Anthony Santi Dies: Firefighter’s fatal shooting – After deciding not to press charges against a woman who shot and killed an off-duty firefighter at an independent gas station, lawyers have talked openly about Missouri law.
Jackson County prosecutors said it was legal because it was done in self-defense and to protect others. The fight that started at a grocery store on October 6 and was caught on cell phone video has ended, the video showed. A person who was there said that the standoff lasted about 10 minutes.
A witness said that Anthony Santi, 41, defended the cashier after Ja’von Taylor, 23, insulted her. Police say Taylor got a gun out of his car. Outside, the battle is ended.
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Anthony Santi, a firefighter who died after being shot during There are no new charges in the shooting death of a firefighter who was not on duty at the time. In the video, Santi says what he thinks about Taylor. The woman who came with Taylor shot and ran away.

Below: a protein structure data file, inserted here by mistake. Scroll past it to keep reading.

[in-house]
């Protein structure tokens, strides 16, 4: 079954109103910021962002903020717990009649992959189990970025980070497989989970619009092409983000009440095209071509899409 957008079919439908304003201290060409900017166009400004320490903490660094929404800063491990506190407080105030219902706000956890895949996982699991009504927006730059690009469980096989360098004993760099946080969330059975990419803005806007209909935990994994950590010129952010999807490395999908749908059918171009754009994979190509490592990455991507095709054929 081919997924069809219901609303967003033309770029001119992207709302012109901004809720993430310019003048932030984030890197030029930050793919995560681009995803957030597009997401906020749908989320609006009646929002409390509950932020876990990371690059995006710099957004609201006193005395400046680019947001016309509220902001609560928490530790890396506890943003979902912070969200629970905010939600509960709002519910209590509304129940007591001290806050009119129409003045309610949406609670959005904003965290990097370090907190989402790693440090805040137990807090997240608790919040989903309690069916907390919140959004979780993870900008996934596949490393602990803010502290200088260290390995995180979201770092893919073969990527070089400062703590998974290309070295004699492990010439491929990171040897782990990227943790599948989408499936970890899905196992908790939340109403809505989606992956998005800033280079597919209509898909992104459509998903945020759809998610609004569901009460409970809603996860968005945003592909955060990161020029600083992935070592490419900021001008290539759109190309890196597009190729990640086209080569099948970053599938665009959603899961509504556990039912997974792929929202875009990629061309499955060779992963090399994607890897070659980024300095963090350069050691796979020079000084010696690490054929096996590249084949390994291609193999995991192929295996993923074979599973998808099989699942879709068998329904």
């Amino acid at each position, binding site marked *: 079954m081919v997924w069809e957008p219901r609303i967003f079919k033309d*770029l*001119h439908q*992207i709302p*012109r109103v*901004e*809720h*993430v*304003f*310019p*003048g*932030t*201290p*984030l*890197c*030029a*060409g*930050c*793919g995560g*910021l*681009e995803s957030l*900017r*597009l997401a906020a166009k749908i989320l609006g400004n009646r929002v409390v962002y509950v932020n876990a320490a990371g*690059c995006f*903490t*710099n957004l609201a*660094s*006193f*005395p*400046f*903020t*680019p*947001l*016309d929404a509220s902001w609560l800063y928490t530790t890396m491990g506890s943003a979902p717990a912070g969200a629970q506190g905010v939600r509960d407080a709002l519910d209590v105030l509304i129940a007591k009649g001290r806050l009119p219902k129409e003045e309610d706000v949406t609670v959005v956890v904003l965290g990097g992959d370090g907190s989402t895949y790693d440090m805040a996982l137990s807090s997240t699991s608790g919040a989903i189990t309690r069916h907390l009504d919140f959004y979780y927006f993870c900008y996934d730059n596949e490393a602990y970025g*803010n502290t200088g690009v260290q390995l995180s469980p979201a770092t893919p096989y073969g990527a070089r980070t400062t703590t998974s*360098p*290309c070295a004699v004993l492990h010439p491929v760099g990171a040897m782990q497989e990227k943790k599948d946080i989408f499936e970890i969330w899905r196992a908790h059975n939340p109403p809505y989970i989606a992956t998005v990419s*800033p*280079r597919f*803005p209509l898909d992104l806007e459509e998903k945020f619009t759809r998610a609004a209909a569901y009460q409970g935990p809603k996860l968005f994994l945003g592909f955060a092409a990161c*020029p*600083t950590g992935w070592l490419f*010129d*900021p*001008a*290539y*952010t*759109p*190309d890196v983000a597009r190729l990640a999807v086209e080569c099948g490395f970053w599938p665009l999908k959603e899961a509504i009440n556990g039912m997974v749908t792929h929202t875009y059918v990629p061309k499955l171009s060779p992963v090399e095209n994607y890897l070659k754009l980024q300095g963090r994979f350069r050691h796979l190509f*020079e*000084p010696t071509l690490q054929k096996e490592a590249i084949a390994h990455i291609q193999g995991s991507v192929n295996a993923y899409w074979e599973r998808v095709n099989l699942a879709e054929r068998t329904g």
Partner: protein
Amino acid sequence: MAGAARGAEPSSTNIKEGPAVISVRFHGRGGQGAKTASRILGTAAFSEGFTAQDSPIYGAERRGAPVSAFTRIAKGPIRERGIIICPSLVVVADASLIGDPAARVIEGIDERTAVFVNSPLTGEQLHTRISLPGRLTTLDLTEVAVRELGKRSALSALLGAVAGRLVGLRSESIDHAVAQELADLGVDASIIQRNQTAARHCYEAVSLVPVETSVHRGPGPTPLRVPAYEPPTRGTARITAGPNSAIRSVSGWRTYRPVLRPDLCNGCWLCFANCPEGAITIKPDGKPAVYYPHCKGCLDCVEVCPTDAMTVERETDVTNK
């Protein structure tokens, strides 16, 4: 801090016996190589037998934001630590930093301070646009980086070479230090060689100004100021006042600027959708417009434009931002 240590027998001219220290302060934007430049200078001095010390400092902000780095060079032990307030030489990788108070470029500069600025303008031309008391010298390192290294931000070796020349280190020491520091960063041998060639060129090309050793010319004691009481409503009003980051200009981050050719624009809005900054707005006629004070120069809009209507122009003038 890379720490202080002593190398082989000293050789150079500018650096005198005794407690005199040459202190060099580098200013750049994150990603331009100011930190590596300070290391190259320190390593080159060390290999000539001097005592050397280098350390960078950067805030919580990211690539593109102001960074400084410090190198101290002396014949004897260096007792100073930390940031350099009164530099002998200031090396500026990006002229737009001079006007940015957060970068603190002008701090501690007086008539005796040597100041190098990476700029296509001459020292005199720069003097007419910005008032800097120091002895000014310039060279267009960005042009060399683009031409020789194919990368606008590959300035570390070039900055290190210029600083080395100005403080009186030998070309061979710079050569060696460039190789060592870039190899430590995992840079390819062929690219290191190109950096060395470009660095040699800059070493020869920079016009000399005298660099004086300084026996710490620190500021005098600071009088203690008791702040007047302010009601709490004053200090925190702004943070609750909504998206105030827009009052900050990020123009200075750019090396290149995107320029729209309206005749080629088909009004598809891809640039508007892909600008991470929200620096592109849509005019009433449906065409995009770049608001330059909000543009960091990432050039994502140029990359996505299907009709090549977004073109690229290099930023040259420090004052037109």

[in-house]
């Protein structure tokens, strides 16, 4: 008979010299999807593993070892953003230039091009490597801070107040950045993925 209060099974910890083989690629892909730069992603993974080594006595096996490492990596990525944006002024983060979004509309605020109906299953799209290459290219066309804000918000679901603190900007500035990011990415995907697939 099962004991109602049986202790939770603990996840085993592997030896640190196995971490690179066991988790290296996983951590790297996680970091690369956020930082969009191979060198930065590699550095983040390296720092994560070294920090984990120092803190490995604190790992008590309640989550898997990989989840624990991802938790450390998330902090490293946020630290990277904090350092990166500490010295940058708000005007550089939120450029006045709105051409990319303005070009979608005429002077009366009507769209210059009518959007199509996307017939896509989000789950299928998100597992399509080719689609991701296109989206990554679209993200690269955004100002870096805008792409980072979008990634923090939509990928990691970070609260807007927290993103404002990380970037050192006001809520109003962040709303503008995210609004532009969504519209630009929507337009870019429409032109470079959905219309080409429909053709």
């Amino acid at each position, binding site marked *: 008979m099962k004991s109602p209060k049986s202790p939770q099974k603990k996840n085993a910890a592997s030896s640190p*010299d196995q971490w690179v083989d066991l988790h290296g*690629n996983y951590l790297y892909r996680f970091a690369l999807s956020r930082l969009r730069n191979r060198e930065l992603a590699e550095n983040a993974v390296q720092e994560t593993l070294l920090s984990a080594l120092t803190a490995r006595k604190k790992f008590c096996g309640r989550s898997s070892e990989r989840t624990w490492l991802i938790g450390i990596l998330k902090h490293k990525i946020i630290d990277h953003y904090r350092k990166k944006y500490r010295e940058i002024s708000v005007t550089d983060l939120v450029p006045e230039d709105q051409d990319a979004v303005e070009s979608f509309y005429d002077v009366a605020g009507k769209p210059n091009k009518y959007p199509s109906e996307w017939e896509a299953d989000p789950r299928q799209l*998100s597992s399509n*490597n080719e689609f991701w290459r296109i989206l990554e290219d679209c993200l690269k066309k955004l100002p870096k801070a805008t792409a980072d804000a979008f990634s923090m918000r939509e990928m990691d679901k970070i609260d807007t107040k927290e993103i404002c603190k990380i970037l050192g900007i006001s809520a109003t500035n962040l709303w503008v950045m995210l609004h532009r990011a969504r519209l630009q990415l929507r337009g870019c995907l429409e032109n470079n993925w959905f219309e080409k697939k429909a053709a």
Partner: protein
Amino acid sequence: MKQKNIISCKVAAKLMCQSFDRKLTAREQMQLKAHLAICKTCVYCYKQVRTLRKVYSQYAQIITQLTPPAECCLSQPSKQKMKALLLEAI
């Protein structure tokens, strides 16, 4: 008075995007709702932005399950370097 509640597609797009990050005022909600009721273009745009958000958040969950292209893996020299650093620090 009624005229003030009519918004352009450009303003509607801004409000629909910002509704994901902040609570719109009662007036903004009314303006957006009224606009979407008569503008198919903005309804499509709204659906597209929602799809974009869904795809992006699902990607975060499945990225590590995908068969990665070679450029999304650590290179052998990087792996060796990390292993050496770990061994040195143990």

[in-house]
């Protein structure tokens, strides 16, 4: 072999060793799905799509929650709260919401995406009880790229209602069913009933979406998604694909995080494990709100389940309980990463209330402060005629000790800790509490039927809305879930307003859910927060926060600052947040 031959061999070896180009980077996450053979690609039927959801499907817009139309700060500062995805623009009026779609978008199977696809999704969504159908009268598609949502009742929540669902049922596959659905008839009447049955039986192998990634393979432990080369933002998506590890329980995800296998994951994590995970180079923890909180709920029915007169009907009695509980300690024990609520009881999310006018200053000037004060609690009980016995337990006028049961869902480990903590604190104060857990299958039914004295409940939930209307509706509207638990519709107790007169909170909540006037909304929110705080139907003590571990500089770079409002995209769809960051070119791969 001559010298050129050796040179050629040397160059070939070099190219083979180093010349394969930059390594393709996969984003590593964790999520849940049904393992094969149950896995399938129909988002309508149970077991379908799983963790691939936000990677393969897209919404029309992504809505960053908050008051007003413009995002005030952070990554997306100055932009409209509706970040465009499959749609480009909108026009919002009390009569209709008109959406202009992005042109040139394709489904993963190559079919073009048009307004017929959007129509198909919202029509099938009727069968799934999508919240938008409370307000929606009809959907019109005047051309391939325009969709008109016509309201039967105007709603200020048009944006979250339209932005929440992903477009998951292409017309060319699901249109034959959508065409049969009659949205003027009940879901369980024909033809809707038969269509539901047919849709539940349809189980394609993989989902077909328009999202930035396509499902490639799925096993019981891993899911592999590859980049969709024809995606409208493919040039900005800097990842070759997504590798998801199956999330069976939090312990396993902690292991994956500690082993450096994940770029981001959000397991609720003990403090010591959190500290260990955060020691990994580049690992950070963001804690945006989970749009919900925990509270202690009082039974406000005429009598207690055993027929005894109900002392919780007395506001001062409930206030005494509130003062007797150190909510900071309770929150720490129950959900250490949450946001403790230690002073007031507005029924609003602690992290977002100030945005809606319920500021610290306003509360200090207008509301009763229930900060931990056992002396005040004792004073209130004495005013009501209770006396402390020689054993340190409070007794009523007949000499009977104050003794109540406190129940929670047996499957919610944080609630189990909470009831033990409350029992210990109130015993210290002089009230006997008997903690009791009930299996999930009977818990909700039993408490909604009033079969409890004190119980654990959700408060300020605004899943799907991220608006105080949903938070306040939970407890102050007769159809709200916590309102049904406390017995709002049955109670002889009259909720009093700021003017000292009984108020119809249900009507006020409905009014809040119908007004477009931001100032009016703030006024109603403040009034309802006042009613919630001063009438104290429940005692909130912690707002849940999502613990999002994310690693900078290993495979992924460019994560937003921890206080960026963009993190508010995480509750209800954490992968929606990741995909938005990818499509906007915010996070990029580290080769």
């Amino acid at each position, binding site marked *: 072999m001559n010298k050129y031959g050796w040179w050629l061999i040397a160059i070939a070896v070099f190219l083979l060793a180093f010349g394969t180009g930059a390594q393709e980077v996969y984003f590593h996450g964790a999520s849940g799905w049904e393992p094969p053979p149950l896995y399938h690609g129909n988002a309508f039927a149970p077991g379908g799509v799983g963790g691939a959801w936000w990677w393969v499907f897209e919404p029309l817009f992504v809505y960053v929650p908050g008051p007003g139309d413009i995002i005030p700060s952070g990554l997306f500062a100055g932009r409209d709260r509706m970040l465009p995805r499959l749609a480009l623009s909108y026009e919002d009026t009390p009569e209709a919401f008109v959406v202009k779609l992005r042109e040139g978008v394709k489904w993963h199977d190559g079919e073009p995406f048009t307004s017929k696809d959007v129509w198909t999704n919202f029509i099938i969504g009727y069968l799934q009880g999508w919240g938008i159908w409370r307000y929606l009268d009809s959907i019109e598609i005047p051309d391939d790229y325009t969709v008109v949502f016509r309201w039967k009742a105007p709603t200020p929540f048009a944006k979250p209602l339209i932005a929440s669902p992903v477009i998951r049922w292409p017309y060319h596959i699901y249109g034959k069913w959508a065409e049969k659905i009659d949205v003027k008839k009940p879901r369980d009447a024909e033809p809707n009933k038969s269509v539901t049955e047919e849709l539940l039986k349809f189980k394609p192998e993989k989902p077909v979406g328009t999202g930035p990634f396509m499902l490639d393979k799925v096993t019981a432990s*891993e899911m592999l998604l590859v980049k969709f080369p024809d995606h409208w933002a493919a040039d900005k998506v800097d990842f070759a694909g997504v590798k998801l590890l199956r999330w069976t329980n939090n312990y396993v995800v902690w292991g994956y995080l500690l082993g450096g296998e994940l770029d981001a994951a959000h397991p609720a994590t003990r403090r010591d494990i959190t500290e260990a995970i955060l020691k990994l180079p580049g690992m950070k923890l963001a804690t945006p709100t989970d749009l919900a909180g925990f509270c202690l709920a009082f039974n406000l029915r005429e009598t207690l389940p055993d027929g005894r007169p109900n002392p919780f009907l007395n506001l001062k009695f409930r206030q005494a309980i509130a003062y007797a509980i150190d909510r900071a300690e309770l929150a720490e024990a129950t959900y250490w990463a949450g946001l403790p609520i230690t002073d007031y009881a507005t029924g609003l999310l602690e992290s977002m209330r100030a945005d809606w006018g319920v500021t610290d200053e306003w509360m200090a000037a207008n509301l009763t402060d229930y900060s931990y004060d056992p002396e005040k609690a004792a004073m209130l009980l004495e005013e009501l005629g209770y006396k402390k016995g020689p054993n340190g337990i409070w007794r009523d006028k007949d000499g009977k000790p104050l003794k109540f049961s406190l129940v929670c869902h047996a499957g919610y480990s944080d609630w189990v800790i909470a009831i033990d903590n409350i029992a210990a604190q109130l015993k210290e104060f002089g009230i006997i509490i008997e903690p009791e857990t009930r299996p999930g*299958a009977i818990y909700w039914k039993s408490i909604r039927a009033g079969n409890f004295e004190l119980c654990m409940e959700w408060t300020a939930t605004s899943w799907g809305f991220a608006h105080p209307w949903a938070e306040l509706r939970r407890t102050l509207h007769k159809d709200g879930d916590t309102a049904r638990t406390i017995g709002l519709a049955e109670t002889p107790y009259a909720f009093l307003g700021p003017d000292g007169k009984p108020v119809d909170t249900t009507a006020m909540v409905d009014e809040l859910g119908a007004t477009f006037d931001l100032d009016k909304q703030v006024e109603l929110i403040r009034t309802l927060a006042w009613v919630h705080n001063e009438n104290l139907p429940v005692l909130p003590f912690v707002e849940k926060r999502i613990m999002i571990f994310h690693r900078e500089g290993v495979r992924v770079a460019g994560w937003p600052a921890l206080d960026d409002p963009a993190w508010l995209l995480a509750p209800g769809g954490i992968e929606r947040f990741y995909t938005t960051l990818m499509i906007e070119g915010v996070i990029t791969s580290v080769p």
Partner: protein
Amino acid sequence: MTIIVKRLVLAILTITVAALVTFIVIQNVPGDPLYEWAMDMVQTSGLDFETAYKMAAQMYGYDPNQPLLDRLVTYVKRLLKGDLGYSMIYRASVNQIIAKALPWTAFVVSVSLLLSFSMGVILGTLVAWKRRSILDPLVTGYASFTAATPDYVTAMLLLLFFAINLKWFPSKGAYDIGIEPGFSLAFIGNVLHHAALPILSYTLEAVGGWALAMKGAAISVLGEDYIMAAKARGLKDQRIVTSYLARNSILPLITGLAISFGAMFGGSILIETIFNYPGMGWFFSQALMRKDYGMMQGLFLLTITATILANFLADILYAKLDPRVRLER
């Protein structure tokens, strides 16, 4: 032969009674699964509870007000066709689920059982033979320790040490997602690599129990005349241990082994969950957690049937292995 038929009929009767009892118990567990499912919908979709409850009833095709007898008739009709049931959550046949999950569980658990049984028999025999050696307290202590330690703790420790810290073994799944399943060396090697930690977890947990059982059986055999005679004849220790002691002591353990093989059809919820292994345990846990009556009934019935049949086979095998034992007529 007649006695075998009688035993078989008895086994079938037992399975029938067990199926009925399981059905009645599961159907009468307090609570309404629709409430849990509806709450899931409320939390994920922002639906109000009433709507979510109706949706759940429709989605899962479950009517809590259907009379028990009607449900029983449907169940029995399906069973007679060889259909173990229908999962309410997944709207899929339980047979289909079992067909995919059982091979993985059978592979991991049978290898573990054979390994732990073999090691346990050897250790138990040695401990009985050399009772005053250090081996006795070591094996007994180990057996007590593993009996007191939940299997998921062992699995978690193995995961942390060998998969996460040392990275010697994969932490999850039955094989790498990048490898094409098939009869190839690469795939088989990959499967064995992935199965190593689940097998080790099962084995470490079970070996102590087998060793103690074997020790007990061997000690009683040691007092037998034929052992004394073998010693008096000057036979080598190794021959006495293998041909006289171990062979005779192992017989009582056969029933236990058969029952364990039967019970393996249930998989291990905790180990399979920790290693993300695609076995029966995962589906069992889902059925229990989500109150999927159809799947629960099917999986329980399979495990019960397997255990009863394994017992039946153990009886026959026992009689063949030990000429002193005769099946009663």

Spencer Fein’s lawyer, Patrick McInerney, said, “It’s a very hard choice to make because it’s already a tragic situation.”
McInerney used to be a federal and district attorney. Steve Leben, a law professor at the University of Missouri-Kansas City, said that Missouri has had self-defense laws to protect others since 1979.
State law says, “A person may use force if he or she has reason to believe that doing so will protect the third party from what he or she has reason to believe is going to happen.” The person is about to use force that is against the law.”
“The question is whether she has a good reason to think he is in immediate danger of dying or getting hurt badly.” Leben stated. Prosecutors think that if they don’t file charges, a jury will agree that actions taken in someone else’s defense were right.
McInerney said, “So the focus of the investigation was on what that person thought and whether or not that was a reasonable assumption at the time.”